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Tiered Pricing Strategies in Emerging Markets

January 2012 | 93 pages | ID: T1B3695826FEN

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For the pharmaceutical industry, emerging markets are dynamic, full of potential and offer solid growth at a time when established markets are contracting. But they also pose a significant problem: extreme disparities in income.

Increasingly, companies are turning to tiered pricing as a solution. The strategy targets market segments, boosts market share and increases patient access to drugs. But it’s not perfect.

Report Overview

Tiered Pricing Strategies in Emerging Markets offers concisely written insights into the issue of differential pricing in fast-growing markets where stark disparities in wealth are common. Based on interviews with experts from pharma, health economics and health activism, the report sheds light on the challenges ahead in establishing the right price point, increasing market access and avoiding the diversion of price-tiered products into wealthier markets while answering the call of corporate social responsibility. Filled with clear explanations and timely examples, the report gives the industry a precise view of a new and highly selective strategy.

Key Report Features
  • Insight into the corporate motivation behind tiered pricing
  • Discussion of the particular issues posed by determining affordability and segmenting markets in countries with vastly disparate economic profiles
  • Examination of alternatives to differential pricing, such as compulsory licensing and generic competition
  • Insight into ‘best practices’ for tiered pricing, particularly for non-communicable and chronic diseases

Key Benefits
  • Tiered pricing through the eyes of experts in industry, health economics and health activism
  • Global overview of pricing differentiation, its benefits and its drawbacks
  • Practical strategies and discussion of how the industry can overcome significant hurdles in implementing tiered pricing

Key Questions Asked
  • How can tiered pricing be implemented in emerging countries with greatly disparate income levels?
  • How can pharma both expand into emerging markets while providing access to affordable drugs?
  • What are the ethical and corporate considerations in sustaining effective tiered pricing strategies?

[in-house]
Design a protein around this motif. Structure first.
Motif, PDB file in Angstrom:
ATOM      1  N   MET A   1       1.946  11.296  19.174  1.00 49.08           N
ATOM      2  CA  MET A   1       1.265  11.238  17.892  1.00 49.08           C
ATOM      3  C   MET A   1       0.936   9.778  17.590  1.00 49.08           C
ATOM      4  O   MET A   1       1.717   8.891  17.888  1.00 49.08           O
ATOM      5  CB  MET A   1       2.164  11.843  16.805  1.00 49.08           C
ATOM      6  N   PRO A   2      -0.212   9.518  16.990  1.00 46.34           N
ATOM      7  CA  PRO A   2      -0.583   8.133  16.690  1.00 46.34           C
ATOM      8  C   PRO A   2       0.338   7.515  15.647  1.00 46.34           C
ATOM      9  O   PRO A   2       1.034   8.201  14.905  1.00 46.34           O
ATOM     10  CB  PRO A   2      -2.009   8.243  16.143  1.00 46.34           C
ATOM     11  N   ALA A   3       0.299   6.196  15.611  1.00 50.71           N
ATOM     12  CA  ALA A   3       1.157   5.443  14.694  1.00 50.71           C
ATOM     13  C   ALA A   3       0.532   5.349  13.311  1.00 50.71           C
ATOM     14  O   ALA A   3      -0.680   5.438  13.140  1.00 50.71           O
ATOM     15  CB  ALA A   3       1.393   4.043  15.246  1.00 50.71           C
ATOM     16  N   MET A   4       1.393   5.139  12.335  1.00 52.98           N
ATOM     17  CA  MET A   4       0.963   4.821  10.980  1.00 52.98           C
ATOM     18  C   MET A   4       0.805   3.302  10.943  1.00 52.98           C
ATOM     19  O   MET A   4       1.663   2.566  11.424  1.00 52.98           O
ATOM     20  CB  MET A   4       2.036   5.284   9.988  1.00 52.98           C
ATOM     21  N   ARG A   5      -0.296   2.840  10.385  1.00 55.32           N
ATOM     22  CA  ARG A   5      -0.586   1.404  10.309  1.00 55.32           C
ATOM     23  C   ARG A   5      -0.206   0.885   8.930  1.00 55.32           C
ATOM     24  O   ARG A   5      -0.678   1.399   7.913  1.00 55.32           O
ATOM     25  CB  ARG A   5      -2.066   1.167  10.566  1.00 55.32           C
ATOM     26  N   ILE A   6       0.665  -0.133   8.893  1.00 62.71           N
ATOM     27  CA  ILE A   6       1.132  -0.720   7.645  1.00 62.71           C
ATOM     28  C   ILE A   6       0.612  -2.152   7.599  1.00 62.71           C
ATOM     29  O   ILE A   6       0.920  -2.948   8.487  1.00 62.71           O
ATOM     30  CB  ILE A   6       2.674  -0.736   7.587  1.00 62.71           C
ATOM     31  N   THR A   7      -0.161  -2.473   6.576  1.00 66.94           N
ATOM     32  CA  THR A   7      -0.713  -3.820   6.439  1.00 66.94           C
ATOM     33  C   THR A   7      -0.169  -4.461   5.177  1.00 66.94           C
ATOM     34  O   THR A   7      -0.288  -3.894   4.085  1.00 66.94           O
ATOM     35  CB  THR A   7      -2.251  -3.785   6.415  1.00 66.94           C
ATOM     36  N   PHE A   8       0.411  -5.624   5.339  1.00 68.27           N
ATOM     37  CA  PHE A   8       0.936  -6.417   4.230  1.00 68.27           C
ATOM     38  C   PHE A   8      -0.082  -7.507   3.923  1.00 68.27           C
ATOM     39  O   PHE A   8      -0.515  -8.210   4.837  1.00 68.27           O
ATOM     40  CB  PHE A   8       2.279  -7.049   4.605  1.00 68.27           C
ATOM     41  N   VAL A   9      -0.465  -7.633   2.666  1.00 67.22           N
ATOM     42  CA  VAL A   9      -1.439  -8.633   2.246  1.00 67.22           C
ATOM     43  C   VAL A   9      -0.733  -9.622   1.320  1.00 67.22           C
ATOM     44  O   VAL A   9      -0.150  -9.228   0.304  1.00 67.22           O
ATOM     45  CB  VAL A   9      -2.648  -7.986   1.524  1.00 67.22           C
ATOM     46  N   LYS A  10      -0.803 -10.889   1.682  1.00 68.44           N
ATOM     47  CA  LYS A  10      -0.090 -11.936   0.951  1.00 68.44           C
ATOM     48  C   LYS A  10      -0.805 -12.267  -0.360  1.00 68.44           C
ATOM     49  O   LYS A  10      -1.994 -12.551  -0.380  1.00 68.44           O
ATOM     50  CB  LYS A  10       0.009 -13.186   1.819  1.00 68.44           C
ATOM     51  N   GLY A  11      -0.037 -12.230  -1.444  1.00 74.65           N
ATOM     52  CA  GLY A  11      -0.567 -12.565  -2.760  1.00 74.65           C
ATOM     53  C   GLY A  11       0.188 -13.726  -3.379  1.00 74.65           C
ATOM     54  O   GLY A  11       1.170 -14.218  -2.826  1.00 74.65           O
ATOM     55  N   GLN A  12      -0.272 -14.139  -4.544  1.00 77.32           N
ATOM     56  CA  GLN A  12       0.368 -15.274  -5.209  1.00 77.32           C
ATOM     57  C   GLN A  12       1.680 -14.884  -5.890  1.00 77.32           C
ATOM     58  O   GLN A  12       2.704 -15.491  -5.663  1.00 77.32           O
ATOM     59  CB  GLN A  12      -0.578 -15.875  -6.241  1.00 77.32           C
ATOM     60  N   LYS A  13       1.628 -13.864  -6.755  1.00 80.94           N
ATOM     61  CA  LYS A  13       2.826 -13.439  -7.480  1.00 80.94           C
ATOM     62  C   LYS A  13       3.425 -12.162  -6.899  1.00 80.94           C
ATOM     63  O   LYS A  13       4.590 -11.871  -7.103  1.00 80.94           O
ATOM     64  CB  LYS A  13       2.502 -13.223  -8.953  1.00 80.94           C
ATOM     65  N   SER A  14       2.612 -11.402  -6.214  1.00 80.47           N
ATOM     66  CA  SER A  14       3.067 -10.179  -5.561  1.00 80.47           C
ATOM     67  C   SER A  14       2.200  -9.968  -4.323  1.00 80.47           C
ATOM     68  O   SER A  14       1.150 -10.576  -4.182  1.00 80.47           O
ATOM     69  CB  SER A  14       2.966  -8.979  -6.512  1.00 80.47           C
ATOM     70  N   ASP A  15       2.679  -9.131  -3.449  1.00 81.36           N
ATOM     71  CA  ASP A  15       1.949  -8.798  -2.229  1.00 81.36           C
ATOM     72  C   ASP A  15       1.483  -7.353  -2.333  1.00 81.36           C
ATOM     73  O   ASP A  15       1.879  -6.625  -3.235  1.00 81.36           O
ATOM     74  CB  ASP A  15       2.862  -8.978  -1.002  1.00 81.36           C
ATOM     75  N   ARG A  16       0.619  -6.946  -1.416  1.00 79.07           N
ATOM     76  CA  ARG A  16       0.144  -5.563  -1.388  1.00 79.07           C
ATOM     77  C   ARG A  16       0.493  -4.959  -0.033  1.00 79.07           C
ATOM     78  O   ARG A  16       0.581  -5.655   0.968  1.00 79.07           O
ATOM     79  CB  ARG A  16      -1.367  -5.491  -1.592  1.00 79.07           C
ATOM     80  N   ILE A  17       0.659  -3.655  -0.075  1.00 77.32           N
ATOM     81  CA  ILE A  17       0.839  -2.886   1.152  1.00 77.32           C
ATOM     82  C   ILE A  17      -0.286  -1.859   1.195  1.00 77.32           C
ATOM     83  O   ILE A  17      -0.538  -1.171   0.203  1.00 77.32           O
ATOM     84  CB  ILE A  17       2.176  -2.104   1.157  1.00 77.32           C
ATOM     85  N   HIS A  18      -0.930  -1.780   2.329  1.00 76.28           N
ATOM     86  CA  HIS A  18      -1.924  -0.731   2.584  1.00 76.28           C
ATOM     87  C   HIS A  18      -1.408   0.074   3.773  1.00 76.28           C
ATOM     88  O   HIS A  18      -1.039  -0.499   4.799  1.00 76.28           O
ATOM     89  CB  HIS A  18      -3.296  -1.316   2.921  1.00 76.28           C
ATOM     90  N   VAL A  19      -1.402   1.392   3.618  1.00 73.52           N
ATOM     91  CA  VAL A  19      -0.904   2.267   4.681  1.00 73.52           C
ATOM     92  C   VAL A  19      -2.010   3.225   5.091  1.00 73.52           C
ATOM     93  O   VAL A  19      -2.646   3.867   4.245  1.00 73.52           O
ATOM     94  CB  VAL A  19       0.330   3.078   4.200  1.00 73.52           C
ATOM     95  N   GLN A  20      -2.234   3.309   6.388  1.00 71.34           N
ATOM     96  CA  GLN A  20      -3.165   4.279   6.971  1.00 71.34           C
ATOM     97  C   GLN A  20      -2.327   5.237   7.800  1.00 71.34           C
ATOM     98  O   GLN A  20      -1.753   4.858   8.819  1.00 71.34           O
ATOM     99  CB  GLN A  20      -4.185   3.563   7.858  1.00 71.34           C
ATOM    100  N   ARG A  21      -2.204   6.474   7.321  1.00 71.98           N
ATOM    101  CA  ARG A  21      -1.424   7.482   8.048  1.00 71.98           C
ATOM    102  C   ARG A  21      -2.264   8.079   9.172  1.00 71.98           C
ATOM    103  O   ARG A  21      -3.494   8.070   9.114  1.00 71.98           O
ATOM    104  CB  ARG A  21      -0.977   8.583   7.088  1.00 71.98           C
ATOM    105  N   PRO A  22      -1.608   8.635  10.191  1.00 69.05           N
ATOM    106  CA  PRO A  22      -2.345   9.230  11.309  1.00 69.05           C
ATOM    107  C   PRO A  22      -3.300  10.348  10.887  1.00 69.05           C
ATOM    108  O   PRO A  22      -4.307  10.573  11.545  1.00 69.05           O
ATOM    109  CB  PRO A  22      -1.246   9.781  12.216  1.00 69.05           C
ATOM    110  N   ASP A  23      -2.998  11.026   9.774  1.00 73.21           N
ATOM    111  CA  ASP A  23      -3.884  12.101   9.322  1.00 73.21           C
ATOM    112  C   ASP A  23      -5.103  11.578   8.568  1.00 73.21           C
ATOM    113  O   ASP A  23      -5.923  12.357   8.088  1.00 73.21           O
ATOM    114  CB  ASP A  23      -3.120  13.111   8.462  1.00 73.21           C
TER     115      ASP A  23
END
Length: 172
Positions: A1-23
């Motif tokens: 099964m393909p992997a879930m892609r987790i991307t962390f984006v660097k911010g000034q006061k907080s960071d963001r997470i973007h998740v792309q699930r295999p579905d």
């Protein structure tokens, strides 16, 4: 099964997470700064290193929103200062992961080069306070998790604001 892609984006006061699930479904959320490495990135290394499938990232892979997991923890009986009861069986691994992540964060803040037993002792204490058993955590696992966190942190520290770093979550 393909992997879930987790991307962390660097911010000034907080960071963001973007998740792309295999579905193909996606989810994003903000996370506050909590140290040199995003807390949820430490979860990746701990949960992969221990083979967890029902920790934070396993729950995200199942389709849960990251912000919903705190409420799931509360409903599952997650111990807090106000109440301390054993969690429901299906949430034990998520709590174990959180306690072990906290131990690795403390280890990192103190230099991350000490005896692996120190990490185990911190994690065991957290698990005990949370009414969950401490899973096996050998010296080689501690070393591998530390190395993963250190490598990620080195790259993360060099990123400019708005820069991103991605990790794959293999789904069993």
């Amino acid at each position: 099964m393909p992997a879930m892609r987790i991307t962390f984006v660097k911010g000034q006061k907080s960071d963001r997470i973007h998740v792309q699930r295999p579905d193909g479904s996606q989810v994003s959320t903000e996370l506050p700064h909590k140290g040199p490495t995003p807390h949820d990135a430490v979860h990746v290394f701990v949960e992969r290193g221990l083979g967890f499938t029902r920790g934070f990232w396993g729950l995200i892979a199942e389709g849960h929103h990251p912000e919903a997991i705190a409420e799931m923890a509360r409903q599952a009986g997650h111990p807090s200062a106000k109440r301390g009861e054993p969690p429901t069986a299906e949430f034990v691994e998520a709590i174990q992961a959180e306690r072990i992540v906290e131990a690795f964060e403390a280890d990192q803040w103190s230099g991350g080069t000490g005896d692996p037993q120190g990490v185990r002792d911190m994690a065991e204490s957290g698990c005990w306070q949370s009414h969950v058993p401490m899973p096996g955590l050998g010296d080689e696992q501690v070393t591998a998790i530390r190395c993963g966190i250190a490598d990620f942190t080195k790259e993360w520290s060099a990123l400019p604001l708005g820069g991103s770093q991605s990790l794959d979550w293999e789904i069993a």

• Who is involved in tiered pricing and what are the outcomes?
  • How will tiered pricing be affected as the focus increasingly shifts from communicable to non-communicable diseases?

Who Would Benefit From This Report?
  • Market access directors and managers
  • Pricing and reimbursement executives
  • Key account and territory managers
  • Marketing, brand and sales managers
  • Business development executives
  • Forecasting and marketing professionals

Key quotes

“This issue of access to medicine on a global basis is here to stay. It isn’t only limited to HIV or malaria. It’s something that is going to be an issue for decades to come.” – Suerie Moon, Doctoral Research Fellow at Harvard University’s Center for International Development.

“I think in some markets, say in the least developed of those countries, it's more about trying to show that we are trying our utmost to get access to the products that we make across the board and that we're not specifically focusing on the wealthiest markets.” – Andrew Jenner, Director of Innovation and of Intellectual Property and Trade, IFPMA.

“A major challenge [is] to try and segment the market in a way whereby we can responsibly take advantage of the real commercial opportunities that exist in the growing middle classes in the countries but at the same time try to expand access amongst the poorest communities.” – Jon Pender, Vice President, Government Affairs, Intellectual Property and Access, GSK.

Expert Views
  • Jon Pender, Vice President, Government Affairs, Intellectual Property and Access, GlaxoSmithKline, UK
  • Robert Sebbag, Vice President, Access to Medicines, Sanofi, France
  • Andrew Jenner, Director of Innovation and of Intellectual Property and Trade, International Federation of Pharmaceutical Manufacturers and Associations (IFPMA), Switzerland
  • Suerie Moon, Doctoral Research Fellow, Harvard University Center for International Development, US
  • Dr Jorge Mestre-Ferrandiz, Senior Economist, Office of Health Economics, UK
  • Dr Mohga Kamal-Yanni, Senior Health and HIV Policy Advisor, Oxfam, UK


Stakeholder and shareholder pressure
  Responsible face
Improving access to medicines
  Second-line conundrum
Industry’s responsibilities in developing markets


Emphasizing affordability
Alternatives to differential pricing
Generics and access to medicines
Access to markets


Ramsey and beyond
Recouping R&D costs
The rich must pay for the poor
How elastic is elastic?
  Proxy complications
Government responsibility for drug access
  An inexact science


Who’s doing what
Broadening the scope of tiered pricing
Tiered pricing effect


Defaulting to competition, compulsory licenses
Delinking R&D from price
Leakage and external referencing
The drawbacks of transparency


Re-engineering the model


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